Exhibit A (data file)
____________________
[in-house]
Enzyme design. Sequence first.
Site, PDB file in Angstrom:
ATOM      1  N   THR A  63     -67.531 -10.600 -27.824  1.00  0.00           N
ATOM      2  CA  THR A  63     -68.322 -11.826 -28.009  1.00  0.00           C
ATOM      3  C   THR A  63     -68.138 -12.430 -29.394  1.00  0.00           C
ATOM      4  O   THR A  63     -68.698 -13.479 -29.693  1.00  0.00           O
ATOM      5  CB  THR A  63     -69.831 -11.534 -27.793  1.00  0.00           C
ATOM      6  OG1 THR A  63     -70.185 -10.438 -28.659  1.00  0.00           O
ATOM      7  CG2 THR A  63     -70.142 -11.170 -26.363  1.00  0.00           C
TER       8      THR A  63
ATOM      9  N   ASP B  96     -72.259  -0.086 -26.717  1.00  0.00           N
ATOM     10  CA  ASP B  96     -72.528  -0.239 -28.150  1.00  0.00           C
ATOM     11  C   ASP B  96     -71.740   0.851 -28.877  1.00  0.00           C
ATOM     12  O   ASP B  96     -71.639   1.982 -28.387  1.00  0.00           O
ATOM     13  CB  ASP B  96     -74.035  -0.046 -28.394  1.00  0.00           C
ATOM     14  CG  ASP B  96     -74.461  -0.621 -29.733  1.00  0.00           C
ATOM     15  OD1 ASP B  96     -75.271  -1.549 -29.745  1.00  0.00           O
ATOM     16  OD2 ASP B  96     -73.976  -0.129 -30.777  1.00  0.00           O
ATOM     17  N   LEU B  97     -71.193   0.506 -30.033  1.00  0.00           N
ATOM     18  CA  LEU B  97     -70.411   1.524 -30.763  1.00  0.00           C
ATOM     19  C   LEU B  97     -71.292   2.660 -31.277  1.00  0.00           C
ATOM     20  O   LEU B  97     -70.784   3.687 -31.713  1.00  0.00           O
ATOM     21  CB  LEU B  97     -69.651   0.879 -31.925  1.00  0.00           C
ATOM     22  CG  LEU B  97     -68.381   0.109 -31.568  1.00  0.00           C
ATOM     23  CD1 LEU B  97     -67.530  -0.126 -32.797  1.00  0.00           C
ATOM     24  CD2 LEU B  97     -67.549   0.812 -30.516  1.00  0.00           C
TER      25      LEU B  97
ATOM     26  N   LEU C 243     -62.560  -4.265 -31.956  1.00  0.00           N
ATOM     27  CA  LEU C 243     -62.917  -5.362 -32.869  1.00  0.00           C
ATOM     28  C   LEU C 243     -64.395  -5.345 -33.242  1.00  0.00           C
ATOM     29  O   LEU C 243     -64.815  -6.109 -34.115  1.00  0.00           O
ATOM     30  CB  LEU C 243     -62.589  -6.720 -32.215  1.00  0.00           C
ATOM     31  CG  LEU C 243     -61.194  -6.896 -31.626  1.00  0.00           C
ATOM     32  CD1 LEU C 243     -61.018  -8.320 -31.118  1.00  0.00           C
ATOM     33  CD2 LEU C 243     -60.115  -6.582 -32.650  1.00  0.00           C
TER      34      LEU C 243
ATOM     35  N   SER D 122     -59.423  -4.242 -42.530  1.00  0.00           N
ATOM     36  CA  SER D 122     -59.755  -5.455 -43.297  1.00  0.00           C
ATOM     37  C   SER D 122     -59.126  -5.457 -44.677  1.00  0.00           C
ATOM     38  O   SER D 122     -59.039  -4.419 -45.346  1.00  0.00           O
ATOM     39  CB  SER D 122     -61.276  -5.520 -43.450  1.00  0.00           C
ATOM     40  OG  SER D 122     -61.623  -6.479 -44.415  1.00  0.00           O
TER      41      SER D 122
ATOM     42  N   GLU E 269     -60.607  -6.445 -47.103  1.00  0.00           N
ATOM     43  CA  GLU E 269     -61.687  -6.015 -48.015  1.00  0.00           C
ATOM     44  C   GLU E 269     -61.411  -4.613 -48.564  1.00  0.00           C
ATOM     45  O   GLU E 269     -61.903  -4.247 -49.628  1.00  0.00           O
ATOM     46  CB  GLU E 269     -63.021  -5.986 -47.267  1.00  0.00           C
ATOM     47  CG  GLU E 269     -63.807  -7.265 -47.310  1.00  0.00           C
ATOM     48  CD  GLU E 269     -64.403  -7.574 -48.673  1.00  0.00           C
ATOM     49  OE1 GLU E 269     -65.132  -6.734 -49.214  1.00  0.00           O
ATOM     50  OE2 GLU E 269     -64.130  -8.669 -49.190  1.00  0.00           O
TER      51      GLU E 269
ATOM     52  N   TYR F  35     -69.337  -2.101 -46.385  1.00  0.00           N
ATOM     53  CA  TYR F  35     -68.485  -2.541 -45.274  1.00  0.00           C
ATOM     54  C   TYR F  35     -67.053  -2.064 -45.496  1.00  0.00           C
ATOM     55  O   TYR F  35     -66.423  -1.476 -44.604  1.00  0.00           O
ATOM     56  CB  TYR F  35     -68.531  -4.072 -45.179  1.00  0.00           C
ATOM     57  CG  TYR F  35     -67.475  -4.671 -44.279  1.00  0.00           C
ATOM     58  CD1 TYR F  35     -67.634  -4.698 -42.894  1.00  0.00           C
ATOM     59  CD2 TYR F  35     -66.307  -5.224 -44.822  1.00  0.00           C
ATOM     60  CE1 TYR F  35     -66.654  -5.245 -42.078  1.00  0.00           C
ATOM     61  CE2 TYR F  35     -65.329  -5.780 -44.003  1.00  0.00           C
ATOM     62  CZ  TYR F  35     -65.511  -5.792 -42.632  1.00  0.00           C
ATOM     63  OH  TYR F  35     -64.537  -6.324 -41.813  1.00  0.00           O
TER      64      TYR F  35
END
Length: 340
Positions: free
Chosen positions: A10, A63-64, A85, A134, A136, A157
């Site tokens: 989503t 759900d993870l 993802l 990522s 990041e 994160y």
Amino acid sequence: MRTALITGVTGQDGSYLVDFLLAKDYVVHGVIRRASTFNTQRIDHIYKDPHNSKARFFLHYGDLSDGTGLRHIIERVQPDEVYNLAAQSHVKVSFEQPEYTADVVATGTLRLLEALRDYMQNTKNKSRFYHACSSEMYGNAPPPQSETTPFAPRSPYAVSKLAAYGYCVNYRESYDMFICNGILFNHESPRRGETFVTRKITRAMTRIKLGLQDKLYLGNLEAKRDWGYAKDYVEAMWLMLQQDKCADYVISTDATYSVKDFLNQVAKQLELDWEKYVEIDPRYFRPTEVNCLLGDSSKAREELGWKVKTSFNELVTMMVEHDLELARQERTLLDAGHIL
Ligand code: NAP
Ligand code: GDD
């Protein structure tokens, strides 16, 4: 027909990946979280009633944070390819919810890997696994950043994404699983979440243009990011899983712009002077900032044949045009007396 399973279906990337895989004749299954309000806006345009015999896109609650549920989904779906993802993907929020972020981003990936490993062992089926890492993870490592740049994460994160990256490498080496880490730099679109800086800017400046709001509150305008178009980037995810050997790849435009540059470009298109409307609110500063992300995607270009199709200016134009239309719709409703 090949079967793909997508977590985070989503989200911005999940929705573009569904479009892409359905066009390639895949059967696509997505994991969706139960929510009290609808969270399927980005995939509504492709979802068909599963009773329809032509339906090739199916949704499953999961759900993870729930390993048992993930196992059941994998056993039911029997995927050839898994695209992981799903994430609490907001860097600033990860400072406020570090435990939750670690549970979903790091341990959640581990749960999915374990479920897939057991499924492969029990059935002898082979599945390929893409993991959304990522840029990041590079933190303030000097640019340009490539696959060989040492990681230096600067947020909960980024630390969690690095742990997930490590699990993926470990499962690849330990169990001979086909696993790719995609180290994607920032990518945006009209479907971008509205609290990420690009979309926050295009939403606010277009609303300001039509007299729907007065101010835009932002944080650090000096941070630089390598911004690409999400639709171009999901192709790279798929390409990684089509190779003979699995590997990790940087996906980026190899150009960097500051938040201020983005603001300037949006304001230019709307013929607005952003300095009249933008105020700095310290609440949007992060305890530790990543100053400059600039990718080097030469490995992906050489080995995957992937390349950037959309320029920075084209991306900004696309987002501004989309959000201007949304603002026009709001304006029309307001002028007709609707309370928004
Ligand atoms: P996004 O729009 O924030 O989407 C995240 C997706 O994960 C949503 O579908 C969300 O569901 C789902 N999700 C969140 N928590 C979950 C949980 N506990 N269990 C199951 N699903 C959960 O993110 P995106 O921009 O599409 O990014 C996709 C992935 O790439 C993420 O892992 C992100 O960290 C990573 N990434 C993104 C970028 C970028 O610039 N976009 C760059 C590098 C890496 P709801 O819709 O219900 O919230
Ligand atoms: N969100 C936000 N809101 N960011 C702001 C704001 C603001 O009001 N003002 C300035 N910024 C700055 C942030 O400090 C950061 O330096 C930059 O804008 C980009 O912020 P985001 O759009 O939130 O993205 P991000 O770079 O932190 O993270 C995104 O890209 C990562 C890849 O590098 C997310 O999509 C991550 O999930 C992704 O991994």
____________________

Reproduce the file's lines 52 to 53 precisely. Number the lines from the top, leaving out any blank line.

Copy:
ATOM     49  OE1 GLU E 269     -65.132  -6.734 -49.214  1.00  0.00           O
ATOM     50  OE2 GLU E 269     -64.130  -8.669 -49.190  1.00  0.00           O